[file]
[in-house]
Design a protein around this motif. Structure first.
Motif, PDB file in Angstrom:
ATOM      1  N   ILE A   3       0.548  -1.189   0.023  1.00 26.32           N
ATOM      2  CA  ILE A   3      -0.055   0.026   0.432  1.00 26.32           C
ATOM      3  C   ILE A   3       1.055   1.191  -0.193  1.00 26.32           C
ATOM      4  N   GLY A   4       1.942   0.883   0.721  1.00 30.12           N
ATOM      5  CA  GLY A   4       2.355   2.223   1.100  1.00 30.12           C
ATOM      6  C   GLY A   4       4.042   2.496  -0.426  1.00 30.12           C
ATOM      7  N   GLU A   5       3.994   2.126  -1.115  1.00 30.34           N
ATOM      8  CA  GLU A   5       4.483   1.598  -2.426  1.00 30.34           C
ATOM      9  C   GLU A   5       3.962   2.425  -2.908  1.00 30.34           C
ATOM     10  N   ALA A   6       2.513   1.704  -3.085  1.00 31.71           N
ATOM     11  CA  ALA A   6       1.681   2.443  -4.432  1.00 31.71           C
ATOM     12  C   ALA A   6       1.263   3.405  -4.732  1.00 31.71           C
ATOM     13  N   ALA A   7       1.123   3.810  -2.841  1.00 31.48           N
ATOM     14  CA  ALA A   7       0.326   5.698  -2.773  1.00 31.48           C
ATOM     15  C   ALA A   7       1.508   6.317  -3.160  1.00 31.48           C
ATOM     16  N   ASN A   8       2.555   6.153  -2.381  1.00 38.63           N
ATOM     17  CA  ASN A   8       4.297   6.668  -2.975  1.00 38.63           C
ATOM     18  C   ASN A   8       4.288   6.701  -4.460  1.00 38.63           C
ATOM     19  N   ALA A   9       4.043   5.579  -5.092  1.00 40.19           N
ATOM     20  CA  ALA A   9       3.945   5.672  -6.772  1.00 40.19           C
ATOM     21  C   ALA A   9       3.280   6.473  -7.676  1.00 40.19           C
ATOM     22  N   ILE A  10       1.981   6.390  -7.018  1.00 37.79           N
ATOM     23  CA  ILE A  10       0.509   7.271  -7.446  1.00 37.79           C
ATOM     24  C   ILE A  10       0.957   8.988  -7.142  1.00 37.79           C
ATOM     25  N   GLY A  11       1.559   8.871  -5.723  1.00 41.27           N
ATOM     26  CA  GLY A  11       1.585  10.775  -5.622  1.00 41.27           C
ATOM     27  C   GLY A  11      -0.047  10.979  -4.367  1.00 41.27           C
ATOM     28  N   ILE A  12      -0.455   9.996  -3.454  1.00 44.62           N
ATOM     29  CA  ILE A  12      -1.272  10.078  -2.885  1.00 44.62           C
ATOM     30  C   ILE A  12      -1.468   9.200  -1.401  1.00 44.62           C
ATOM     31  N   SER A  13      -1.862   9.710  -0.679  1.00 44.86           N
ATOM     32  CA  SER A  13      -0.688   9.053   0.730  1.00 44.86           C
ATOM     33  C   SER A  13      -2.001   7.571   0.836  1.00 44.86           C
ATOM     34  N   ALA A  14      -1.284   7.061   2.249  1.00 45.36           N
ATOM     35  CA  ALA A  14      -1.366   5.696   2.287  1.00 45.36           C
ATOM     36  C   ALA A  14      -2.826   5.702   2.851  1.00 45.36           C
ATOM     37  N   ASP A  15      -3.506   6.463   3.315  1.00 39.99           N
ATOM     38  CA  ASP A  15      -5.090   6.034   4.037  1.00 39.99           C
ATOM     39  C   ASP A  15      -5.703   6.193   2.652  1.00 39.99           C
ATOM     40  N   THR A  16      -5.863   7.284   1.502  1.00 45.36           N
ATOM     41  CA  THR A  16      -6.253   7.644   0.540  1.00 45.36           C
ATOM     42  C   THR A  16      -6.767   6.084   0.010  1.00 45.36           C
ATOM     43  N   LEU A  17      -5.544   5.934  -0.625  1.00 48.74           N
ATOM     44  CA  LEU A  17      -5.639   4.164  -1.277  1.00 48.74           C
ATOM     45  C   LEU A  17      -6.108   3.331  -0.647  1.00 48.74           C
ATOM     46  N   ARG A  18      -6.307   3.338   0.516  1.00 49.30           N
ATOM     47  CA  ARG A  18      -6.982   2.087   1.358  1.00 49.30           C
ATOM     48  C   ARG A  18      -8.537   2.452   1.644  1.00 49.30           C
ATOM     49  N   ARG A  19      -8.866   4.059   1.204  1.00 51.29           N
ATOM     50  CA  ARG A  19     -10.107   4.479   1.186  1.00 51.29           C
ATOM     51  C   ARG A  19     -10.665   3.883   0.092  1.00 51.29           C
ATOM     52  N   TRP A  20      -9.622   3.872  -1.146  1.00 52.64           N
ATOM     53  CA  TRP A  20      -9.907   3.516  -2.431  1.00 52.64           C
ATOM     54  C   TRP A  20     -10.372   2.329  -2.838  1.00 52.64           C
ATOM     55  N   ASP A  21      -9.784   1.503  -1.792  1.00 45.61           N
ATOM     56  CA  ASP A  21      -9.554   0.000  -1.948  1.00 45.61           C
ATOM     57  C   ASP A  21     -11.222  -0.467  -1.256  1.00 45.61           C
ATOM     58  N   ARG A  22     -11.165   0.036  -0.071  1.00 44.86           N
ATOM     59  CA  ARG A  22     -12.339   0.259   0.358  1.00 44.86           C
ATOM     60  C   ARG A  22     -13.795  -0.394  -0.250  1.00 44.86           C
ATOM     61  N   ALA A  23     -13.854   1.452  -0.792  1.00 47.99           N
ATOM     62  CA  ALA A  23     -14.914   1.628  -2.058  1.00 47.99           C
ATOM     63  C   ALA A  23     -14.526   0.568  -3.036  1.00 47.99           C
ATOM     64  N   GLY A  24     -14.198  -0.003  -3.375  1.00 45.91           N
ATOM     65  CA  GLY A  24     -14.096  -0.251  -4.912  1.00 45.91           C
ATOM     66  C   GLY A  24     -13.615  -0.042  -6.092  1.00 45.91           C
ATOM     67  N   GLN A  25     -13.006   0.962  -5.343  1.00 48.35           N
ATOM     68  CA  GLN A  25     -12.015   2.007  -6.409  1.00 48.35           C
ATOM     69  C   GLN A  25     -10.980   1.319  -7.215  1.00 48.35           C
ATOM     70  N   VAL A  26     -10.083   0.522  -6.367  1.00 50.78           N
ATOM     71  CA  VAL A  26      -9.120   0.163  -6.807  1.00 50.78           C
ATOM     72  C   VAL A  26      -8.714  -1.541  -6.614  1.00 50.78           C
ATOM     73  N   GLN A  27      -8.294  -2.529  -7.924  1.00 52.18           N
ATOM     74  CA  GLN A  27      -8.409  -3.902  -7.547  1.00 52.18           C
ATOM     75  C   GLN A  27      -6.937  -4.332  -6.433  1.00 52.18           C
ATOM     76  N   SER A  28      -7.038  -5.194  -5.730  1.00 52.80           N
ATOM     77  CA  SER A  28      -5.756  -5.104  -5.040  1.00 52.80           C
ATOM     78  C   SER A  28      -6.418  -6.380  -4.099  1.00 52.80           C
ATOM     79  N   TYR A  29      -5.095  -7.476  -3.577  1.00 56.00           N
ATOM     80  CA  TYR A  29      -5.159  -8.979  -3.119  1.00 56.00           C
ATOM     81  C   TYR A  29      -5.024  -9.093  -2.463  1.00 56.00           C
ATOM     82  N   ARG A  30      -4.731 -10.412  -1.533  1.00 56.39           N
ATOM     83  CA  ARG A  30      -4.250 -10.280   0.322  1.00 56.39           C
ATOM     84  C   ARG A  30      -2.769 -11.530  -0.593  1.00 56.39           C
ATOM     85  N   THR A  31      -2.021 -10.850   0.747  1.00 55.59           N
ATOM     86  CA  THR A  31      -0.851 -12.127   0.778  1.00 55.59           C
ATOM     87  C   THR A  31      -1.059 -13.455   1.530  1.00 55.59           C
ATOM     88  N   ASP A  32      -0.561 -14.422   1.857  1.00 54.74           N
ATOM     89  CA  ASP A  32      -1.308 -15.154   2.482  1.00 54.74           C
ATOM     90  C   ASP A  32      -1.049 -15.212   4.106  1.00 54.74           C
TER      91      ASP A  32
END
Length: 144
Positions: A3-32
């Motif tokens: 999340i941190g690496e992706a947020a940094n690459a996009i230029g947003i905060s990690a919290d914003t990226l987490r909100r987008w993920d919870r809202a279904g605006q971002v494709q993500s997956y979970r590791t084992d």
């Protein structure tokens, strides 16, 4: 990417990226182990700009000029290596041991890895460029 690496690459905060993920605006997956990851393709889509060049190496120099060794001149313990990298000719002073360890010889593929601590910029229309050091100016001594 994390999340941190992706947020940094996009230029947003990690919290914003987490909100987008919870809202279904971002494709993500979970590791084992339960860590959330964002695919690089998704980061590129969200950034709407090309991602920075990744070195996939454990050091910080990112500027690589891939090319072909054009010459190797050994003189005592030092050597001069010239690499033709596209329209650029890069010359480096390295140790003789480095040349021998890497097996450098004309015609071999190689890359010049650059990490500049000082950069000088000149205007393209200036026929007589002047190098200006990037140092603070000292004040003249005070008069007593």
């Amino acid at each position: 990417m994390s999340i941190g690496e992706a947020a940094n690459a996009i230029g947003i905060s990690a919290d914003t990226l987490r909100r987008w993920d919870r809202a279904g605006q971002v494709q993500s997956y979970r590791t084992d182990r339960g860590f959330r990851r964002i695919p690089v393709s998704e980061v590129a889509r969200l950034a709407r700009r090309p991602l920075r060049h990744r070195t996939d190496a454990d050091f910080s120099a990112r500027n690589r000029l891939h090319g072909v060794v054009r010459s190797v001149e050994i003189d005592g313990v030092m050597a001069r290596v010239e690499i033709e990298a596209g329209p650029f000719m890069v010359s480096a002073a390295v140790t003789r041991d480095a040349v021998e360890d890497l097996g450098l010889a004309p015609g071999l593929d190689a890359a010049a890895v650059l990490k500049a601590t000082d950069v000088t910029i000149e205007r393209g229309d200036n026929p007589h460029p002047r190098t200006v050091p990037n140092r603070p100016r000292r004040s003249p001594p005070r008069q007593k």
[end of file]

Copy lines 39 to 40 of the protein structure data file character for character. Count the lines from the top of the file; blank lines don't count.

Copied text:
ATOM     36  C   ALA A  14      -2.826   5.702   2.851  1.00 45.36           C
ATOM     37  N   ASP A  15      -3.506   6.463   3.315  1.00 39.99           N